Some people have concerns that wide-area vacuums do not clean as effectively as their smaller counterparts. This was true in the past. Large-area vacuums were initially outdoor sweepers that were brought indoors with few, if any, modifications. They were good at removing surface soil and debris but did not deep clean because there was no vacuum system. Later iterations did include vacuum motors but the performance still left something to be desired.
If contractors are going to pay a significant sum of money for new equipment, they are going to demand that it works. Today, modern wide-area vacuums are quite efficient. Some models feature dual one-horsepower vacuum motors combined with separate powerful brush motors. Certain models feature motors that create 195 CFM and closed waterlift of 45 inches. New brushes are made from durable nylon. They turn at more than 1,500 rpm and aggressively groom the carpet fibers allowing soil to be easily removed.
These modern machines have superior design features such as a compact profile that shortens the travel distance for the soil to reach the filter bag. And the newer models are quiet — most operate between 66 and 68 decibels.
Indoor air quality is also addressed by using a multiple stage filtration system. Quite a few machines offer optional HEPA filters as well.
A new addition to the wide-area vacuum market that even further improves productivity is the battery-operated riding machine. This equipment is available in models that vacuum up to 28-inch swaths. Rider models usually have double cleaning brushes that rotate in opposite directions. Additionally, most are equipped with side brooms that allow cleaning right up against walls. Optional hose and wand attachments make it possible for the operator to clean baseboards and overhead spaces without dismounting.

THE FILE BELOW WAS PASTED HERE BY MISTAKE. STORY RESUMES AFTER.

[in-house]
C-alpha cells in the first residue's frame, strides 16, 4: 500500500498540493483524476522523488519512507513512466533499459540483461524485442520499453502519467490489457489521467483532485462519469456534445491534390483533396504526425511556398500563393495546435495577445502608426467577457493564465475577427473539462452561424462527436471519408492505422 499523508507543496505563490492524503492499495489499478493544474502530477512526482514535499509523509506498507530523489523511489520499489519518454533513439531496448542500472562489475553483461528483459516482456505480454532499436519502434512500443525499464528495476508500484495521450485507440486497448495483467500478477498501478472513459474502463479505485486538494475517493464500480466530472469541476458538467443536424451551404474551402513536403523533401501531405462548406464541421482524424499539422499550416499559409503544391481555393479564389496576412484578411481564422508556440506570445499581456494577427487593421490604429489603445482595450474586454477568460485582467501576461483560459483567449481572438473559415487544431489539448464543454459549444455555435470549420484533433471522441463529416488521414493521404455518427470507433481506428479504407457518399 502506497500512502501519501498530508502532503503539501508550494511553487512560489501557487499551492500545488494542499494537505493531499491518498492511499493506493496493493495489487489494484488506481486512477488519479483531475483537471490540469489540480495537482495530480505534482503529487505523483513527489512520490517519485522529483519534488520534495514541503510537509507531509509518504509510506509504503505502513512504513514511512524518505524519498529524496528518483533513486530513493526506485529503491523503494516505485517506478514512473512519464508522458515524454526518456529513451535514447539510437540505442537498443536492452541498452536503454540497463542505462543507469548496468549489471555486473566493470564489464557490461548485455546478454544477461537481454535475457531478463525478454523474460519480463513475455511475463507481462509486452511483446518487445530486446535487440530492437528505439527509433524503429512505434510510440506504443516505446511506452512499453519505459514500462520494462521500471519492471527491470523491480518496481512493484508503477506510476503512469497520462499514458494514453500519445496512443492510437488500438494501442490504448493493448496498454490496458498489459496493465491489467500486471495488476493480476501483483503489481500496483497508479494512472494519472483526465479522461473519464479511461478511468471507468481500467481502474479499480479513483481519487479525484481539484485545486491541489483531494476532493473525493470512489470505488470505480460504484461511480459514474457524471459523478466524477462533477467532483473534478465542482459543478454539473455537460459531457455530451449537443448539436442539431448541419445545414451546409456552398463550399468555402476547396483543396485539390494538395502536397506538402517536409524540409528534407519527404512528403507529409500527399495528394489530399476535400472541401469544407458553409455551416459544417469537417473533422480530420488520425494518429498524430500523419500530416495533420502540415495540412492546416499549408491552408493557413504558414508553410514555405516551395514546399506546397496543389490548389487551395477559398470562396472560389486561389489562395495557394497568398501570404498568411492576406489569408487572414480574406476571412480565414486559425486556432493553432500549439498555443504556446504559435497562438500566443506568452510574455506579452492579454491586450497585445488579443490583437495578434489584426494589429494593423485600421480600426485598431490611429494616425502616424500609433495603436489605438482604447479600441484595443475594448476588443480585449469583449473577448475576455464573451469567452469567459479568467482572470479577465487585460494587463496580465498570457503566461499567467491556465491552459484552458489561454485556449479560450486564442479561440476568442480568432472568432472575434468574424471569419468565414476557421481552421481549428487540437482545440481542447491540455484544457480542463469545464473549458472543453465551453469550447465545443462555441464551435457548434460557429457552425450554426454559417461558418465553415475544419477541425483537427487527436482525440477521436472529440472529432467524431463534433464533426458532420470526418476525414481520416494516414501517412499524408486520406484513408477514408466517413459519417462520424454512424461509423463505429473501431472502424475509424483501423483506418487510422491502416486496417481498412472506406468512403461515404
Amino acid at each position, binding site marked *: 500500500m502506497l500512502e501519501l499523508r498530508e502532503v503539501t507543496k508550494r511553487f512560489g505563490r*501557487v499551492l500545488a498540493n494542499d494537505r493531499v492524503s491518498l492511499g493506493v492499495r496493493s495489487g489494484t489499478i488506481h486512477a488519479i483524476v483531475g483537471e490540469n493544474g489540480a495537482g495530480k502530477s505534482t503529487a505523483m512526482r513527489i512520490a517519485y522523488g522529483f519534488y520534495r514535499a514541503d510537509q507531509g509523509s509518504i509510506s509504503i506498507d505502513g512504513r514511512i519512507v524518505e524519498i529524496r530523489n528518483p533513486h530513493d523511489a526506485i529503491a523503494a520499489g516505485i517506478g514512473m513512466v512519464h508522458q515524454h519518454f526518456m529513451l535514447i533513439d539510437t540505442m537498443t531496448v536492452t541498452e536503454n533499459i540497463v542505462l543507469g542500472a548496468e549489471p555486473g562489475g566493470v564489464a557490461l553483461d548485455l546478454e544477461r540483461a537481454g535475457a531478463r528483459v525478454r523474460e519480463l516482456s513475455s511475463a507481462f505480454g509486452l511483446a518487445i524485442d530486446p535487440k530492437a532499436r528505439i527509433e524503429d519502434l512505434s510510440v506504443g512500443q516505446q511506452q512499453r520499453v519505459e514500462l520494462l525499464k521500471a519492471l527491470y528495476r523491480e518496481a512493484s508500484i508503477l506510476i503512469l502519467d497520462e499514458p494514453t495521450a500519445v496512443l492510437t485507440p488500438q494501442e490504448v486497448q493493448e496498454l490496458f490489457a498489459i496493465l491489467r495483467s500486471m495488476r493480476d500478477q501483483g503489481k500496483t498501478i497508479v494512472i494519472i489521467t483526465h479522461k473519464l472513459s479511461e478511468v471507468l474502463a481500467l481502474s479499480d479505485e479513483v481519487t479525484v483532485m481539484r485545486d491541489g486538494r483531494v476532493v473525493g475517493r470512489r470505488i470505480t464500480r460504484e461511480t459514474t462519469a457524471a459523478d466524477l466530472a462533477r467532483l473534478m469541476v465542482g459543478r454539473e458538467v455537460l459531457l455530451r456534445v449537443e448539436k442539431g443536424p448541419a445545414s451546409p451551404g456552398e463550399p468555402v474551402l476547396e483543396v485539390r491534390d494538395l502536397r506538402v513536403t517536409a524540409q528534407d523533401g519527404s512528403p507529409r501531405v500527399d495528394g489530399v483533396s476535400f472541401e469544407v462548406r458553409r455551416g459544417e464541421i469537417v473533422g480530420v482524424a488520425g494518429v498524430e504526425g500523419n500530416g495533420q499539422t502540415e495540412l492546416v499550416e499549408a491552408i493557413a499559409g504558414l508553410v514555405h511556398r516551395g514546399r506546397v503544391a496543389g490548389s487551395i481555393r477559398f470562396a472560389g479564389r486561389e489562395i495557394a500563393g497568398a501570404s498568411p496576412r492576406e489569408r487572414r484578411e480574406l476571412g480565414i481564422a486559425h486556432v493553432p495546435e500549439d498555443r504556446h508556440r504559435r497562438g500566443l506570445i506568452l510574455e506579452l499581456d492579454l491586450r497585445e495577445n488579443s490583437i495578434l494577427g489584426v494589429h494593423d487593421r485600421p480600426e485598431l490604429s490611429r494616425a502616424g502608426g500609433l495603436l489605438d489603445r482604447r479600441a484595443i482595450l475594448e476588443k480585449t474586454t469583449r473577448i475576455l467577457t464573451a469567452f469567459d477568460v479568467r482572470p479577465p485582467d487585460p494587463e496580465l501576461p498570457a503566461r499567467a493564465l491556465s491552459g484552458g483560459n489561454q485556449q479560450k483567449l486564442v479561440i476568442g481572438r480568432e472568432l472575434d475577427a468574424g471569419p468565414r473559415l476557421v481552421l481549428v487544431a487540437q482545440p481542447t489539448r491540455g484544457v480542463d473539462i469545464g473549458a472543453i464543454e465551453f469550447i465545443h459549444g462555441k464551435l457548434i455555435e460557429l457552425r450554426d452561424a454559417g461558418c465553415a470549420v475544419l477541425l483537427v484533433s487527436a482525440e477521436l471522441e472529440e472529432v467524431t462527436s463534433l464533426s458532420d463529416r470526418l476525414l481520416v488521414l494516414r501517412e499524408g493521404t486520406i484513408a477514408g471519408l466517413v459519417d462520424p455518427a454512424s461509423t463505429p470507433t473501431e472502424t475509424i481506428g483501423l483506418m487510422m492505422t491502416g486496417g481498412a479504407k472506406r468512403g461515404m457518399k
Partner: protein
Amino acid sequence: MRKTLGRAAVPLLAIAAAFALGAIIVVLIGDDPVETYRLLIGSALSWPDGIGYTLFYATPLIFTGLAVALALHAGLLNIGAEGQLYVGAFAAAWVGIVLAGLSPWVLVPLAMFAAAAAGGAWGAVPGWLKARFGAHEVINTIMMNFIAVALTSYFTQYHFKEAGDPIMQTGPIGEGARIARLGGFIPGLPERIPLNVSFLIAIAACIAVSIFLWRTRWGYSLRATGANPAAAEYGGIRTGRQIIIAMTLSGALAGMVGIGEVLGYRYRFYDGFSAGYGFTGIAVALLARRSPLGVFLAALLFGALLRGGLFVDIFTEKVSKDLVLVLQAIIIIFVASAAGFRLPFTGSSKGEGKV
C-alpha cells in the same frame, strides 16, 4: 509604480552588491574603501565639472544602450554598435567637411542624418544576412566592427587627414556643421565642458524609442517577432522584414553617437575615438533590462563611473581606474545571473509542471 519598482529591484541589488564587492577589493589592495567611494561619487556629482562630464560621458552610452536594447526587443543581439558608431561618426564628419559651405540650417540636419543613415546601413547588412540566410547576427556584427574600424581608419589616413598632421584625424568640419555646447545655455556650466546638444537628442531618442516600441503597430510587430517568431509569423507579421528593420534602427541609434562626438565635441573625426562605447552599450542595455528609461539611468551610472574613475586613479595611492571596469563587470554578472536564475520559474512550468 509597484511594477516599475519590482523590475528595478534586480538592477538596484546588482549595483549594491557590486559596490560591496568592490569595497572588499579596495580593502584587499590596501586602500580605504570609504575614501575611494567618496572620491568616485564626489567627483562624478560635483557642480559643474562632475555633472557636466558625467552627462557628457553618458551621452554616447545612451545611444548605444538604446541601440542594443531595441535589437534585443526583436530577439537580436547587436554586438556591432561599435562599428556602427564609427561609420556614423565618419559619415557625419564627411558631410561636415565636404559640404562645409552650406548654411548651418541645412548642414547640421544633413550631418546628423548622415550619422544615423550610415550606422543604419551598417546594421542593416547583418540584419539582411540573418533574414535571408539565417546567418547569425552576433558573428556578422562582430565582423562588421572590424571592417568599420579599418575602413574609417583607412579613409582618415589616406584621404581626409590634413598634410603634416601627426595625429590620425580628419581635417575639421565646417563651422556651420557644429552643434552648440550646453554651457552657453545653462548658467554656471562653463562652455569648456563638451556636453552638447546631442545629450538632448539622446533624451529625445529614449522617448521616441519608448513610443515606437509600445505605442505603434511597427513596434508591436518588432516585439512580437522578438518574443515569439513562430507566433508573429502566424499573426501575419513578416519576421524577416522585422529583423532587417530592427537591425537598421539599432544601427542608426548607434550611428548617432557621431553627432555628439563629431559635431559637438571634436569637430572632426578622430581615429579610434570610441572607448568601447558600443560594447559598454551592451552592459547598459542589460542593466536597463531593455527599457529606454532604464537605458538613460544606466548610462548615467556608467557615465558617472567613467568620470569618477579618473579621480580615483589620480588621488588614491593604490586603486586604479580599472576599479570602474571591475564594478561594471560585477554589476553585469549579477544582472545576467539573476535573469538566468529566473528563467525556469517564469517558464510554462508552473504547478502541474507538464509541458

These rider vacuums are surprisingly quiet with decibel levels in the same range as electric walk-behind models. Most vacuums feature built in maintenance free batteries and on-board chargers. HEPA filters are standard on most machines, as are large capacity collection bags.
The most important benefit is, of course, increased productivity. Riding vacuums can clean between 30,000 and 45,000 square feet per hour. Assuming a 30,000 feet per hour production rate and $10 labor rate, the cost to clean 100,000 square feet is reduced to about $33 dollars.
Building service contractors should have a discussion with their equipment supplier about creative ways to pay for the equipment in order to better manage cash flow. Suppliers may offer 90 days same as cash, six-month interest free, or other staggered payment plans. Be sure to ask because distributors do not always make these offers up front as a part of their quotation.
Leasing is another viable option that almost every supplier offers. Leasing offers BSCs the ability to pay for equipment over longer time periods (typically 12 to 60 months), plus the payments can often be deducted in the current accounting cycle rather than amortized over a longer time. The dollar buy-out provision enables purchasers to own the equipment outright at the end of the lease period.
Louie E. Davis Jr. is a san/jan industry veteran and freelance writer based in Birmingham, Ala.
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POSTED ON: 3/26/2013